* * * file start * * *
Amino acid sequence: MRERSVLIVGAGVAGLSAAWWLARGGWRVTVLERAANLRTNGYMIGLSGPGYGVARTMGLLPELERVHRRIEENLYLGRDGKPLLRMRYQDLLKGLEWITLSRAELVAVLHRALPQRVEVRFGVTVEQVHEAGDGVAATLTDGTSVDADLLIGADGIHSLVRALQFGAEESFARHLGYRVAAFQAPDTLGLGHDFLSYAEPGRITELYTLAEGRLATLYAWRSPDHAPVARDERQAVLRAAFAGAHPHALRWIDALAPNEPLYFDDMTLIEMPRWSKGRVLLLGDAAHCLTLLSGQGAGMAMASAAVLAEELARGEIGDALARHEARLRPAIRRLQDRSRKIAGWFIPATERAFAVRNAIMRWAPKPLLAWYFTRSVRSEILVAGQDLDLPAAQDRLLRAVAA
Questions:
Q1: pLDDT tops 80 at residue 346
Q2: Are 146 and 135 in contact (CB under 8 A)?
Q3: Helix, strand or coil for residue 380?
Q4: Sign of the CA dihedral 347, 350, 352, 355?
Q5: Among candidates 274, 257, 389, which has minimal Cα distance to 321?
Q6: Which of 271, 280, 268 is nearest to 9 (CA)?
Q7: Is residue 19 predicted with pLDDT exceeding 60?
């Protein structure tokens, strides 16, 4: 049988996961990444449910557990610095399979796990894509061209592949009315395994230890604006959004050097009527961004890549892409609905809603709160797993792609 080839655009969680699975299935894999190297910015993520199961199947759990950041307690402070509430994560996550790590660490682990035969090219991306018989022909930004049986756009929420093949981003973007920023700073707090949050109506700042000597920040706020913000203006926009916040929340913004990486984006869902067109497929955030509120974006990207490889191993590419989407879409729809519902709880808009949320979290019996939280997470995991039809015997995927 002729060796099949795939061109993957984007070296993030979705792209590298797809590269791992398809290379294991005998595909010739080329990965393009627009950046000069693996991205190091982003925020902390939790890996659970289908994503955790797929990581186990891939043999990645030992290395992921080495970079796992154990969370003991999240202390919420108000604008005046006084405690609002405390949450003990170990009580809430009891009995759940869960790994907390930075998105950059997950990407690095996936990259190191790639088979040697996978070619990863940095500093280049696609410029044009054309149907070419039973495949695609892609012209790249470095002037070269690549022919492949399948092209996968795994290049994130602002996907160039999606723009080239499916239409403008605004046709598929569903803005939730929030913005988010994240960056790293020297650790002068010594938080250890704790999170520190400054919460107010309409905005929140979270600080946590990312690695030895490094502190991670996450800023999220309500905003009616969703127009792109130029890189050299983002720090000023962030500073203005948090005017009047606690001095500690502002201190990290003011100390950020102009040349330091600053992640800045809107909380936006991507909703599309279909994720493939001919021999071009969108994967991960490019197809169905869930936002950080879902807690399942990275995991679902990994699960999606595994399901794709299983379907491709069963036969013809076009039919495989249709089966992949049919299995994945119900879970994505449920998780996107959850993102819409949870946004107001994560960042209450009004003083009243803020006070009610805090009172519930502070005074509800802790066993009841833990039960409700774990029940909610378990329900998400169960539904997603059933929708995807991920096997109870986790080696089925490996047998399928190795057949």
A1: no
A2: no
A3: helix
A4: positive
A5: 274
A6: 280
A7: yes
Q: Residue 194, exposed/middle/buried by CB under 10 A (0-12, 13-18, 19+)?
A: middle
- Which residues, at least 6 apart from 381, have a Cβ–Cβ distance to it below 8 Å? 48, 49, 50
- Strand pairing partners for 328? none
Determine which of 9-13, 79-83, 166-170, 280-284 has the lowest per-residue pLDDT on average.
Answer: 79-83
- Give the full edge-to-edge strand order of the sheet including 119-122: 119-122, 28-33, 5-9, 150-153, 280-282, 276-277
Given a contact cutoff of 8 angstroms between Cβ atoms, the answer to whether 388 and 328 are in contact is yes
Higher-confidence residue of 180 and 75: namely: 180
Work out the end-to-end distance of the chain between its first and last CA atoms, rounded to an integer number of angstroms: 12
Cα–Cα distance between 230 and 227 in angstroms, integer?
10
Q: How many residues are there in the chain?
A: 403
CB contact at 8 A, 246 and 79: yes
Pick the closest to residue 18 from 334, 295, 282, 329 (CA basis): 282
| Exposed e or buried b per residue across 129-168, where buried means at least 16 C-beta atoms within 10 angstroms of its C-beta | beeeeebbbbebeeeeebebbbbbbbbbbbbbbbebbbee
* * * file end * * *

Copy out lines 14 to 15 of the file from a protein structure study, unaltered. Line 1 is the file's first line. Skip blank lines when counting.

A4: positive
A5: 274